KICP Colloquia: 2006
|Type 1a Supernovae from the CFHT Legacy Survey|
APC Paris / Princeton University
|Massive Black Holes from Early Times to the Present|
|The Origin of Spheroidal Galaxies|
University of California, Santa Cruz
- September 2006
September 27, 2006 | 15:30, RI 480 | Host: Angela V. Olinto
Type 1a Supernovae from the CFHT Legacy Survey
Eric Aubourg, APC Paris / Princeton University
Note: Refreshments served at 3:15 pm
The Supernovae Legacy Survey aims at discovering and spectroscopically identifying 700 type-Ia SN during its five years of operations at CFHT in Hawaii. I will present the survey and the current constraints on matter and energy content of the Universe and on the dark energy equation of state parameter. I will focus on how we plan to increase the expected number of SN to about 1000 using an offline analysis and discuss perspectives of the survey.
- October 2006
October 11, 2006 | 15:30, RI 480 | Host: Angela V. Olinto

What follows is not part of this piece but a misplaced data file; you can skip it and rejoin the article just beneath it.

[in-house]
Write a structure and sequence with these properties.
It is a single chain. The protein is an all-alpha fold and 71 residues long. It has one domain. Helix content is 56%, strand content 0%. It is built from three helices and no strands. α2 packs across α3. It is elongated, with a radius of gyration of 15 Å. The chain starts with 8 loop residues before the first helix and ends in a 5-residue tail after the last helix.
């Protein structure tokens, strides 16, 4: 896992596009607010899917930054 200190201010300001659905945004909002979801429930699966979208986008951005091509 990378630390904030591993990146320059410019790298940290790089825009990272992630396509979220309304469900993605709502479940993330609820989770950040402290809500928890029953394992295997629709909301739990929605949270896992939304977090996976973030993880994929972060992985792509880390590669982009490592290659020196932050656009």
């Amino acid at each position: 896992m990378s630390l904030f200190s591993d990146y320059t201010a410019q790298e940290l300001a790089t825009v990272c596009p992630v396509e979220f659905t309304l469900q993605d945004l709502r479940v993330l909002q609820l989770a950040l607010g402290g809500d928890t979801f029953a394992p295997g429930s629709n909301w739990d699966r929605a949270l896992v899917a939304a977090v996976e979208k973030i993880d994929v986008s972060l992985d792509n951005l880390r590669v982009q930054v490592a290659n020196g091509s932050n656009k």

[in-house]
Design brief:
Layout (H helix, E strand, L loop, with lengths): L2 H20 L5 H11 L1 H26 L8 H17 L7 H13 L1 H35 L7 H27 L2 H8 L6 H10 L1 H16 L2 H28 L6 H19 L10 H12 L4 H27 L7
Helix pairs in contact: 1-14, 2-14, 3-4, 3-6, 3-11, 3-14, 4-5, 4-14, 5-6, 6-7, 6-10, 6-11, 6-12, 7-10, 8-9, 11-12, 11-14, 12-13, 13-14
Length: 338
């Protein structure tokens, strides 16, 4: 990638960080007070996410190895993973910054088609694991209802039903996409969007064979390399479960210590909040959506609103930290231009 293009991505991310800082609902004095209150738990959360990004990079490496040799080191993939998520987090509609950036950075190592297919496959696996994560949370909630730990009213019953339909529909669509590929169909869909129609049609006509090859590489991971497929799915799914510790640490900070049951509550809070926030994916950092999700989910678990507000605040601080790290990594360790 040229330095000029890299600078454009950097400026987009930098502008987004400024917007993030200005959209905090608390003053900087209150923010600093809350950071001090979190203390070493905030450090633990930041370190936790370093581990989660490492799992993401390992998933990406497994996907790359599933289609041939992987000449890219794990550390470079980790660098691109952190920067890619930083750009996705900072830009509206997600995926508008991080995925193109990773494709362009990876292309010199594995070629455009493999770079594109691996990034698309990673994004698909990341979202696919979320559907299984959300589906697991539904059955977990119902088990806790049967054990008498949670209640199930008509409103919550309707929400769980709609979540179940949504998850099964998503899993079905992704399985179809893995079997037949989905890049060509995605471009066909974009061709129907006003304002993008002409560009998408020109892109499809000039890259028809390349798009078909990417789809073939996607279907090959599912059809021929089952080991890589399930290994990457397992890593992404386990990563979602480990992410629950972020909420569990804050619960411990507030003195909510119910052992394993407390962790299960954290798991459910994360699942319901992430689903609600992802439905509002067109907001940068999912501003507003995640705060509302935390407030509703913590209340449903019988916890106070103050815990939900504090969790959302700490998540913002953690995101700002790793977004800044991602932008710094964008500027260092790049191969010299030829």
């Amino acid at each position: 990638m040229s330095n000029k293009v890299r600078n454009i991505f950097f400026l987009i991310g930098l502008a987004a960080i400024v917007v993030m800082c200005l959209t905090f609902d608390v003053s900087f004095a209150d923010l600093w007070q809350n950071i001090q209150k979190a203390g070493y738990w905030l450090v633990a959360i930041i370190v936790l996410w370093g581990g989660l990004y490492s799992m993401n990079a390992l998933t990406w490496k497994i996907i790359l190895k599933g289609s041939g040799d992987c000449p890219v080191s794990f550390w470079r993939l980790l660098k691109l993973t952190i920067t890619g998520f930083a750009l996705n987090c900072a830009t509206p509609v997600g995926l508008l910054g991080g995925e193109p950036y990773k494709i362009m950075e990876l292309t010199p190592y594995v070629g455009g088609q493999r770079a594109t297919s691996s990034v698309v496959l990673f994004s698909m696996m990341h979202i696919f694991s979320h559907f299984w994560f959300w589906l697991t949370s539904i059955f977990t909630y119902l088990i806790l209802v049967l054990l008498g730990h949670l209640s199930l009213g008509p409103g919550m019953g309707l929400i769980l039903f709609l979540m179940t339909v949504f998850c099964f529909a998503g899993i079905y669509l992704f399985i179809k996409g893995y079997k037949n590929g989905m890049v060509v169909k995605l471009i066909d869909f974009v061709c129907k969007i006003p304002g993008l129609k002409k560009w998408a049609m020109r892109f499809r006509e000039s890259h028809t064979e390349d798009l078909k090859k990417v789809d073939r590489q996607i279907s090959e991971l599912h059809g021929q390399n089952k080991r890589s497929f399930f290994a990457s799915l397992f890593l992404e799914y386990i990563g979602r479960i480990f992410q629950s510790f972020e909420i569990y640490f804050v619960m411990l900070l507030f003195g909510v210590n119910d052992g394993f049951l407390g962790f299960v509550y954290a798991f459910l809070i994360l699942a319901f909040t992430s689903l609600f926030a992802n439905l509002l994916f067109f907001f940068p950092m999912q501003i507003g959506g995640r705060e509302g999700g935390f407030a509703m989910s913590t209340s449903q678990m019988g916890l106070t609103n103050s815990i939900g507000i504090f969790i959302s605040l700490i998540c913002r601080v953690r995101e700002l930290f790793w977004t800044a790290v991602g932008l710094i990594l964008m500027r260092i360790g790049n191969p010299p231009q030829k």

Massive Black Holes from Early Times to the Present
Marta Volonteri, Northwestern University
I'll discuss models for the hierarchical growth of supermassive black holes, feeding pregalactic black hole seeds. Mergers and dynamical interactions, as well as their implications, will be critically addressed. I'll also discuss the constraints on the early evolution of the black holes required by the observations of z=6 quasars.
October 25, 2006 | 15:30, RI 480 | Host: Angela V. Olinto
The Origin of Spheroidal Galaxies
Sandy Faber, University of California, Santa Cruz
For decades, the standard paradigm for spheroidal galaxy formation was the monolithic collapse theory, in which spheroids collapsed gravitationally in bulk and formed all their stars at very high redshift. This talk will examine evidence that has accumulated over the past year that suggests an extended formation period for spheroidal systems, with many of them forming rather recently via the quenching of blue, star-forming galaxies AFTER z = 1. The mechanism for this quenching is not well understood, but it might be feedback from active black holes. If true, the symbiosis is complete in that the galaxy gives birth to the black hole, but the black hole eventually determines the star-formation history of the galaxy.